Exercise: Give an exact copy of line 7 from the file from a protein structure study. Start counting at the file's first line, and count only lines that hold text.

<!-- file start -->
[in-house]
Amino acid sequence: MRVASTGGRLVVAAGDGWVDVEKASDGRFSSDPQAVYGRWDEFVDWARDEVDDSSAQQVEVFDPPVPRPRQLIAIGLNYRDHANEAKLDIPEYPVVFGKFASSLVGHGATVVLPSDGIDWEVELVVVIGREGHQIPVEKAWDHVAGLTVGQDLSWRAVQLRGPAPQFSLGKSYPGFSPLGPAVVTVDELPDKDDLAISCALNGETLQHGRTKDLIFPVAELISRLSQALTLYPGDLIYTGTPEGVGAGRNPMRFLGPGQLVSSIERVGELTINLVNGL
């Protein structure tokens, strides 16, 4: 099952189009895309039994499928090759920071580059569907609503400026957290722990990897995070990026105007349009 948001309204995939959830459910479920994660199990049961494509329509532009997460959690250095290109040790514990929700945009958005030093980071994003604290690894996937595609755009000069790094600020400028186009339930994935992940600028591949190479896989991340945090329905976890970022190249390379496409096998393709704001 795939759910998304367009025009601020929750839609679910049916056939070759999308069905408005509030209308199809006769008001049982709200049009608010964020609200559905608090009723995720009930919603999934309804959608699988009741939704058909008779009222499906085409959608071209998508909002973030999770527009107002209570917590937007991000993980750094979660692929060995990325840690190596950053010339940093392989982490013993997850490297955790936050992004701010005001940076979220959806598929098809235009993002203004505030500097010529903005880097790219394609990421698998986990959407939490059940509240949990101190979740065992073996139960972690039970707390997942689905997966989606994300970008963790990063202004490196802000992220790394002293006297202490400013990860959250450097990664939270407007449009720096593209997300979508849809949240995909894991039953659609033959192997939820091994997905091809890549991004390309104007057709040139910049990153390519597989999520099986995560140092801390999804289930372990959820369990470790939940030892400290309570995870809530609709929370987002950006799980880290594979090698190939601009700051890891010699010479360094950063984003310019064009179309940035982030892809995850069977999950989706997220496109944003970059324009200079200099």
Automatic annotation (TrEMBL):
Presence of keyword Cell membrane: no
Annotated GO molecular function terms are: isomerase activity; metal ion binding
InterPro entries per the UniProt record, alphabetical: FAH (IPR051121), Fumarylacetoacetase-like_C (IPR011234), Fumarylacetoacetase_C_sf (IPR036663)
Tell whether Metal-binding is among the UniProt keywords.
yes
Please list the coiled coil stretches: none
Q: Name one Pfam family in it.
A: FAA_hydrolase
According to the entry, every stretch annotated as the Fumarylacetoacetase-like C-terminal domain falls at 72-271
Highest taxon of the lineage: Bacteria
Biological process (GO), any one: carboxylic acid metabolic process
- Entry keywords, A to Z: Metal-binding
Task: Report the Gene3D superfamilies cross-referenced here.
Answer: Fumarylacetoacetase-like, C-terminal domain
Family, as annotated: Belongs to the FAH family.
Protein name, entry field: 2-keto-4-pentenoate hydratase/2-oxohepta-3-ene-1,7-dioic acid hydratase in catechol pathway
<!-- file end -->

InterPro entries per the UniProt record, alphabetical: FAH (IPR051121), Fumarylacetoacetase-like_C (IPR011234), Fumarylacetoacetase_C_sf (IPR036663)